Slapin, Beverly, Doris Seale (Santee/Cree), and Rosemary Gonzales (Ojibwe). Oyate, 1996.How to Tell the Difference: A Guide for Evaluating Children's Books for Anti-Indian Bias. -- This guide is a reprint of thirty pages from Through Indian Eyes: The Native Experience in Books for Children. Oyate, 1998. Order from the Oyate page for this purpose.
Additional critieria is shared on the Oyate site Resources: Oyate's Additional Critieria.
Look for other resources that will assist you in moving from having good intentions to being knowledgeable about how to recognize bias, stereotypes, insensitivity toward cultural traditions, and inaccurate facts.

Resources for Building Awareness

  • McElmeel, Sharron. Virginia Driving Hawk Sneve in 100 Most Popular Children's Authors: Biographical Sketches and Bibliographies. Libraries Unlimited, 1999. A profile author Virginia Drivling Hawk Sneve.

  • McElmeel, Sharron. Cynthia Leitich Smith in Children's Authors too Good to Miss. Libraries Unlimited, 2004. A profile author Cynthia Leitich Smith.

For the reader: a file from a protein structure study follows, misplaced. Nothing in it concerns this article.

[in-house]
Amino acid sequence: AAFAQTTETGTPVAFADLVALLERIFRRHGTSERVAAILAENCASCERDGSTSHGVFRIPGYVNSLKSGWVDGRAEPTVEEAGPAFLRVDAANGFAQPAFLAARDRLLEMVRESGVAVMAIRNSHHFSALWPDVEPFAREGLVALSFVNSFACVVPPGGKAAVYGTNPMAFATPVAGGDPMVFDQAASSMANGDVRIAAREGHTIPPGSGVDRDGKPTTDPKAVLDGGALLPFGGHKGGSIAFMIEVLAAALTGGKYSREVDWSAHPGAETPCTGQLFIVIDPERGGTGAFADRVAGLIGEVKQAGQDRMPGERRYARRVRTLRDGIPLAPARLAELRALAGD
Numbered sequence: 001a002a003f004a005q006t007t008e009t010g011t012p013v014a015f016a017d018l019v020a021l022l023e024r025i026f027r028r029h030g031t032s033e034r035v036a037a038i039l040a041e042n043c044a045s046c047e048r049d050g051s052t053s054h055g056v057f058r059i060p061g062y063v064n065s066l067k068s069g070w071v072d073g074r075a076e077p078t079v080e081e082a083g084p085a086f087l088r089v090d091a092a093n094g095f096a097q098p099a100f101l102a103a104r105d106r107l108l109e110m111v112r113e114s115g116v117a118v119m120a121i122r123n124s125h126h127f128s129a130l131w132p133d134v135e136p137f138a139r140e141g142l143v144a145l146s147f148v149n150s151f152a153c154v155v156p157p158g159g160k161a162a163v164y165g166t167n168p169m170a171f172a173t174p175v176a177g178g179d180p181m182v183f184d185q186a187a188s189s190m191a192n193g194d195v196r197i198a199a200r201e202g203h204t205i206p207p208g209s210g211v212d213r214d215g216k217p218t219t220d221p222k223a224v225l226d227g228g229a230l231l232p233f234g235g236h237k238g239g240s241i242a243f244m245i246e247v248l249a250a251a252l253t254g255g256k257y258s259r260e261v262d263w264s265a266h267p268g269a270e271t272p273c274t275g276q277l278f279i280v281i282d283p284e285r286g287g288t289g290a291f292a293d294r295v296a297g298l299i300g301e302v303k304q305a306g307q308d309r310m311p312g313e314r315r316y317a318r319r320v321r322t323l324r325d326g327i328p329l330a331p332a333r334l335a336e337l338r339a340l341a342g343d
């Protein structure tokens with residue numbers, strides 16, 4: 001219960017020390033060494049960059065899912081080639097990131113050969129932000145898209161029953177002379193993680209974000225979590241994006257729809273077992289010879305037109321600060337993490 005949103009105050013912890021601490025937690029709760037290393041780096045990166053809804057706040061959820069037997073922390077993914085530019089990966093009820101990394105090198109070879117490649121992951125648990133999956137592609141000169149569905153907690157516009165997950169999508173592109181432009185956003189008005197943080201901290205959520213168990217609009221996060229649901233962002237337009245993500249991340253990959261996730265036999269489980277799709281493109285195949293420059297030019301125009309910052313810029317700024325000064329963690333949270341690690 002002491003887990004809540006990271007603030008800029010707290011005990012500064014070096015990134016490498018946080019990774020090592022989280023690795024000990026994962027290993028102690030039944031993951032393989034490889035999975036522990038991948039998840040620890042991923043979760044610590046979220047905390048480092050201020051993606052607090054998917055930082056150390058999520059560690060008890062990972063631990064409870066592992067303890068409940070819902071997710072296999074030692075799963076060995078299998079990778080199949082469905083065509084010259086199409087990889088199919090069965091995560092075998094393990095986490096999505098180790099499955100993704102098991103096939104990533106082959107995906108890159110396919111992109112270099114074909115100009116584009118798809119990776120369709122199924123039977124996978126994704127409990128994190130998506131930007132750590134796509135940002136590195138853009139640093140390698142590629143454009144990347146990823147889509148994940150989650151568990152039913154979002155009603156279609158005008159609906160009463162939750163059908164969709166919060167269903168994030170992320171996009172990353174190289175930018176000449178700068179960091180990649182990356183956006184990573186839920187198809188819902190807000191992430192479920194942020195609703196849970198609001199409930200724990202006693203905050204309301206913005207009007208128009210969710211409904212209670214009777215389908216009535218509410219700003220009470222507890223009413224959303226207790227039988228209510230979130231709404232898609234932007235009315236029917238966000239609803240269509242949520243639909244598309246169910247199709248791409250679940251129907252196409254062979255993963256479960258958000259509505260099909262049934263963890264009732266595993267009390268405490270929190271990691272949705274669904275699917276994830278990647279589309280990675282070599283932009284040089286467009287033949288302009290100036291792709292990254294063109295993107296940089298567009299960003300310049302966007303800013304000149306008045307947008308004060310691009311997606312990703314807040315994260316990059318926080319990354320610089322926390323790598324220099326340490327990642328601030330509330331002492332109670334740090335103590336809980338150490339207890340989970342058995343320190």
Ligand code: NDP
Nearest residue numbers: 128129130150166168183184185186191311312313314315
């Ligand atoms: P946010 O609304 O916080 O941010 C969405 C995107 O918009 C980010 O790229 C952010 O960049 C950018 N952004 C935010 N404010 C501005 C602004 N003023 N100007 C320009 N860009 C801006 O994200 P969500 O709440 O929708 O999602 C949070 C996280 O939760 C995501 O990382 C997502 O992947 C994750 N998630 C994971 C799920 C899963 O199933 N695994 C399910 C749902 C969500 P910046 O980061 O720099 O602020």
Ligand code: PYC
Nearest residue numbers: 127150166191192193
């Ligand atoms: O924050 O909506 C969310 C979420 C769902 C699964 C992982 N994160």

• Oyate, 2014. Oyate provides reliable information about, and access to, publications for children and teachers about Native peoples.

  • Smith, Cynthia Leitich. 2003. Children's Author Cynthia Leitich Smith Official Web Site. [1998-2012]. This site is developed and maintained by Smith and is a virtual treasure-filled resource with multiple essays about Native American books and resources, bibliographies, and links to even more resources.

"One should purchase multicultural books for libraries and classrooms [and] individuals should also give such books as gifts, ask for them in bookstores, encourage professional peers to incorporate the books in their classrooms and libraries, request the titles at the library, and in general 'walk the talk.'"


Sharron L. McElmeel is director of McBookwords (a literacy organization) and an instructor of children's literature and young adult literature at the University of Wisconsin Stout's online education programs. She often writes and speaks about authors/illustrators and their books.

This article first appeared in  Library Media Connections (first publication rights only) Copyright for all other uses copyright by Sharron L. McElmeel.  The contents of this article may not be copied or e-mailed to multiple sites or posted to a listserv without the copyright holder`s express written permission. However, users may print, download, or e-mail articles for individual use. First appeared:  First appeared: Library Media Connections November/December 2004; Vol. 23. No. 3.; p. 28-9..  UPDATED: November 2014. Current Source: